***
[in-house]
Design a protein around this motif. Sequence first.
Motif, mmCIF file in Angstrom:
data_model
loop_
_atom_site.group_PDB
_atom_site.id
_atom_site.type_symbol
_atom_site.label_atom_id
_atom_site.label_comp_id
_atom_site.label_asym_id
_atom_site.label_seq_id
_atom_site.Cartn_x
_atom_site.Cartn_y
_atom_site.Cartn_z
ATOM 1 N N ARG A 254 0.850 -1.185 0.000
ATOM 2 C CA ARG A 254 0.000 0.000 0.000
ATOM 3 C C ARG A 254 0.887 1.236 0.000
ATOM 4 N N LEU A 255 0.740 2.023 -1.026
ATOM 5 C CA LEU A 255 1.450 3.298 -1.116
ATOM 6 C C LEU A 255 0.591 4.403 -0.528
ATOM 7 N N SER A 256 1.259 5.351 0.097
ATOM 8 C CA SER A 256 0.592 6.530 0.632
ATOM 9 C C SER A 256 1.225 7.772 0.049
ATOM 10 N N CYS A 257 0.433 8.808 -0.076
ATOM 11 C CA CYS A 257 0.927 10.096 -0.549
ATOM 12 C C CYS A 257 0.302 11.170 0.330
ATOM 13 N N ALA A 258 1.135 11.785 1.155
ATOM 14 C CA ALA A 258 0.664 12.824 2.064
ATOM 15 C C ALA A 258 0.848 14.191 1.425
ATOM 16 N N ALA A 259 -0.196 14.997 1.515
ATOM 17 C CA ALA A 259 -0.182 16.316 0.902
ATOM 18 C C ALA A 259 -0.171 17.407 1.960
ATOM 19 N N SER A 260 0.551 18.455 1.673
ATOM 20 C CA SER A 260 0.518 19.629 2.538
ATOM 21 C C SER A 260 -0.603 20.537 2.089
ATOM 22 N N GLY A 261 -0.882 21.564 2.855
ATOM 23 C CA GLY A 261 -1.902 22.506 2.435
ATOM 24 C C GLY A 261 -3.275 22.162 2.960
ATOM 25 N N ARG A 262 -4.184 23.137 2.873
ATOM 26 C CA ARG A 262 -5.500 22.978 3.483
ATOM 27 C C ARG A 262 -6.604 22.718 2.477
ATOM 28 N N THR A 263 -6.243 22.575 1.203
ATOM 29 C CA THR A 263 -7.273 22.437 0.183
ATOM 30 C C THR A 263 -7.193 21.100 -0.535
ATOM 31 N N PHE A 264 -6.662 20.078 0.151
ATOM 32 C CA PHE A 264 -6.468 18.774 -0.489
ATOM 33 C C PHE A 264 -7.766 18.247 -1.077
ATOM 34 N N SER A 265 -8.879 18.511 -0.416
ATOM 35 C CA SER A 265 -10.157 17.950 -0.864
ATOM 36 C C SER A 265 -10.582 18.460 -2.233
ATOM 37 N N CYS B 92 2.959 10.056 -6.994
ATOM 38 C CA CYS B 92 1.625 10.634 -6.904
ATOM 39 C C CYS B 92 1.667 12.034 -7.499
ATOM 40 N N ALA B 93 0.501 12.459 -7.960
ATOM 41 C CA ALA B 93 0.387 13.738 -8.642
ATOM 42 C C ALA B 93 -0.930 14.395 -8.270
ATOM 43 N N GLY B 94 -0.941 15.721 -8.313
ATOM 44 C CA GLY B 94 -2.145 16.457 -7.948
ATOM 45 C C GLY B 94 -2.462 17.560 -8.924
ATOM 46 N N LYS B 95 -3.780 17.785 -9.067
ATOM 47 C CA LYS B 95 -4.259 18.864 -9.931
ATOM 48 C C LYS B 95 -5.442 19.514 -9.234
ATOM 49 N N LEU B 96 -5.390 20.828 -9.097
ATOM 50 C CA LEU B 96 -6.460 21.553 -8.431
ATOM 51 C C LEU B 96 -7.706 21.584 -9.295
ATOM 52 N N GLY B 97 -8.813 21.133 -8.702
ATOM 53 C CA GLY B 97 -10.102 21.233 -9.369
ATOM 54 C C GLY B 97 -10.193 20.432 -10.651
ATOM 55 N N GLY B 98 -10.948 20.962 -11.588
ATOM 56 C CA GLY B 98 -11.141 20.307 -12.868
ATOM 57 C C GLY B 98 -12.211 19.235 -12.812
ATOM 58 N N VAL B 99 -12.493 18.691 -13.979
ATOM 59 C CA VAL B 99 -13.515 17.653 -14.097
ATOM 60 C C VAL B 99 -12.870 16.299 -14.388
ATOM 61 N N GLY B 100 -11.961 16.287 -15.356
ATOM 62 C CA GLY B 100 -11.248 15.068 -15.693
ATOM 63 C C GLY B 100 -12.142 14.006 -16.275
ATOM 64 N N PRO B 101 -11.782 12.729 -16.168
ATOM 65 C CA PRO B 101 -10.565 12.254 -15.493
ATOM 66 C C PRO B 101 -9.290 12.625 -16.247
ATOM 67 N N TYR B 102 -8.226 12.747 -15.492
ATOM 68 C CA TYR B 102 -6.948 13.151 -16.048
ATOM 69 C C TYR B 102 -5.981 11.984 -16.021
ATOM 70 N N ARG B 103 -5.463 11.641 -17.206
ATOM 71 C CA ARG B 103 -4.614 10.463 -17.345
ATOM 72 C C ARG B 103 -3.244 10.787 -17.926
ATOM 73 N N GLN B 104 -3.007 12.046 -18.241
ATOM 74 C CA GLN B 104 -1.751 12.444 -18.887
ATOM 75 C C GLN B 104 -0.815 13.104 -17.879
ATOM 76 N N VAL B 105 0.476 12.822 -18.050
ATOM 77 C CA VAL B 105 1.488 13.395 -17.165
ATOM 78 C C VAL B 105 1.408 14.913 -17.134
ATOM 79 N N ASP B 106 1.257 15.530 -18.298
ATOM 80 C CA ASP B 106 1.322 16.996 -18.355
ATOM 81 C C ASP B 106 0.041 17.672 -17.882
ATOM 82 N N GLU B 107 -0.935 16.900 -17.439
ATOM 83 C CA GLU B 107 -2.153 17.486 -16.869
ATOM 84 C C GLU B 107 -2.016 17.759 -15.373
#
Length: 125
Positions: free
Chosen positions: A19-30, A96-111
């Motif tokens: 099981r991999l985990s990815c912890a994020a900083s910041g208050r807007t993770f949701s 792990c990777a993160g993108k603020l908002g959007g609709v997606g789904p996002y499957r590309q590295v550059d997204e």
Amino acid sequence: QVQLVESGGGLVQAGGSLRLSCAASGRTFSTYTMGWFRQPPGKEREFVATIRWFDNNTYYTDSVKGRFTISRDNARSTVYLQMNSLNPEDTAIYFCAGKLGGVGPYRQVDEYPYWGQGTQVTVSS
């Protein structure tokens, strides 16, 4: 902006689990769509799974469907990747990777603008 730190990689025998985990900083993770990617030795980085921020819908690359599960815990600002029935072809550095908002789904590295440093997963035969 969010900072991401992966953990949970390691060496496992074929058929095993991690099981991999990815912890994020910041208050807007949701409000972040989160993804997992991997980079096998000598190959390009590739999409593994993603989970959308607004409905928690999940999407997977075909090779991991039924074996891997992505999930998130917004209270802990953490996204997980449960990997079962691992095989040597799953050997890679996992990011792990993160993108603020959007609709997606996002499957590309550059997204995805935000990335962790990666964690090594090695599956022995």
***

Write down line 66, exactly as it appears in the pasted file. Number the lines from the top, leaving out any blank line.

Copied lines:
ATOM 51 C C LEU B 96 -7.706 21.584 -9.295